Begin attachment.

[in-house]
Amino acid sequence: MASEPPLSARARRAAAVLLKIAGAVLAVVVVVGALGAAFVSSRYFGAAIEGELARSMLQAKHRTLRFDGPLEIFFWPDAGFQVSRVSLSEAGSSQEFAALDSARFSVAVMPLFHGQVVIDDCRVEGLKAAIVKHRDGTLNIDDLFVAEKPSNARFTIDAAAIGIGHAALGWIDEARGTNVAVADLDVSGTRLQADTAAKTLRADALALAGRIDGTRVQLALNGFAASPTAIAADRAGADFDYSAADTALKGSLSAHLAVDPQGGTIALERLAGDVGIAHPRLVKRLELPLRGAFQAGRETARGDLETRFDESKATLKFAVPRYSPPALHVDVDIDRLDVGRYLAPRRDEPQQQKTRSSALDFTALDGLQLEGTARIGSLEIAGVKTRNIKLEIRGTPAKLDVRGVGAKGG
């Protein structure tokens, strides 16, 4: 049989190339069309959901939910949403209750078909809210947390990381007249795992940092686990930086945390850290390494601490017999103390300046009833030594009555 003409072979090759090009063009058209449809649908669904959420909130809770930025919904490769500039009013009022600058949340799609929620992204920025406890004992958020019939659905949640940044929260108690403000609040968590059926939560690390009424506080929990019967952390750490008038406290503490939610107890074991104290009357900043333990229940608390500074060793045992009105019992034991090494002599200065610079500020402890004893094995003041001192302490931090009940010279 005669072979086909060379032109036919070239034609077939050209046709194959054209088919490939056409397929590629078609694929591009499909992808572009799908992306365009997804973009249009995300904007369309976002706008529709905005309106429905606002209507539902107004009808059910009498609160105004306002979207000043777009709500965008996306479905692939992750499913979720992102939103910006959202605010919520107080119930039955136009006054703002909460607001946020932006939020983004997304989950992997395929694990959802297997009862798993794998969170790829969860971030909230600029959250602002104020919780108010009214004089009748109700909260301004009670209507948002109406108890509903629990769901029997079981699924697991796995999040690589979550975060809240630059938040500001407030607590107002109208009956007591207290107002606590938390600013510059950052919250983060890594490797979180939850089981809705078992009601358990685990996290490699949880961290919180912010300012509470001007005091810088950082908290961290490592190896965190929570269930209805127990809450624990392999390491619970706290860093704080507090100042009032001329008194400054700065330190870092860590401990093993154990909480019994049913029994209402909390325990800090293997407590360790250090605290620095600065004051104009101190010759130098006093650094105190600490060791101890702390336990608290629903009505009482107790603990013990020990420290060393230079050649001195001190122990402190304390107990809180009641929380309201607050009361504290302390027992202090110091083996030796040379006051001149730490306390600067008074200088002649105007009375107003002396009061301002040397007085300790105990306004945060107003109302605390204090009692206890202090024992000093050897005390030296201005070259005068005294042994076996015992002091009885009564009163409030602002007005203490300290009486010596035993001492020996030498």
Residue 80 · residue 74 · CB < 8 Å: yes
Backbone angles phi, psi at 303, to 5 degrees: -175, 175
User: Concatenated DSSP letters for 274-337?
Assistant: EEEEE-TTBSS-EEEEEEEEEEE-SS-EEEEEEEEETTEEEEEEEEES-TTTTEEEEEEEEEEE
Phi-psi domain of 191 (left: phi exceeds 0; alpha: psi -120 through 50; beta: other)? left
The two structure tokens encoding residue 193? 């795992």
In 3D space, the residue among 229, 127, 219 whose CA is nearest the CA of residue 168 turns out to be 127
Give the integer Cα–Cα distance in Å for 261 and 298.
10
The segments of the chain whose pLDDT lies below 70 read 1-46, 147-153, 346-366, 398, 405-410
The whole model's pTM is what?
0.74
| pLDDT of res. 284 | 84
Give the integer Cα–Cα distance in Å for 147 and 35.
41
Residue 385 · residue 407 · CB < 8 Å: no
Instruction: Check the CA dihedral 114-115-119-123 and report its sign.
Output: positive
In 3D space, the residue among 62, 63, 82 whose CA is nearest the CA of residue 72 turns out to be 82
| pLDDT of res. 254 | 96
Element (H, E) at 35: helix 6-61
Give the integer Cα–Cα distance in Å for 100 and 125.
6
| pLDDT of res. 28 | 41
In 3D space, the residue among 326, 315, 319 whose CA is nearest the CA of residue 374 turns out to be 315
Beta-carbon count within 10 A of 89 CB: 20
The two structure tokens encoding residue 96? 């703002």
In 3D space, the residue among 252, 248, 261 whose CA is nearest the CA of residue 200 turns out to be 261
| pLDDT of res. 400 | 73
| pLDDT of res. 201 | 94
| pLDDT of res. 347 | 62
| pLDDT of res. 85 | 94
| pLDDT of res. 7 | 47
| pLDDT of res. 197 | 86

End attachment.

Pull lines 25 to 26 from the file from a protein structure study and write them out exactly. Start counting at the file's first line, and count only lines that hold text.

Give the integer Cα–Cα distance in Å for 100 and 125.
6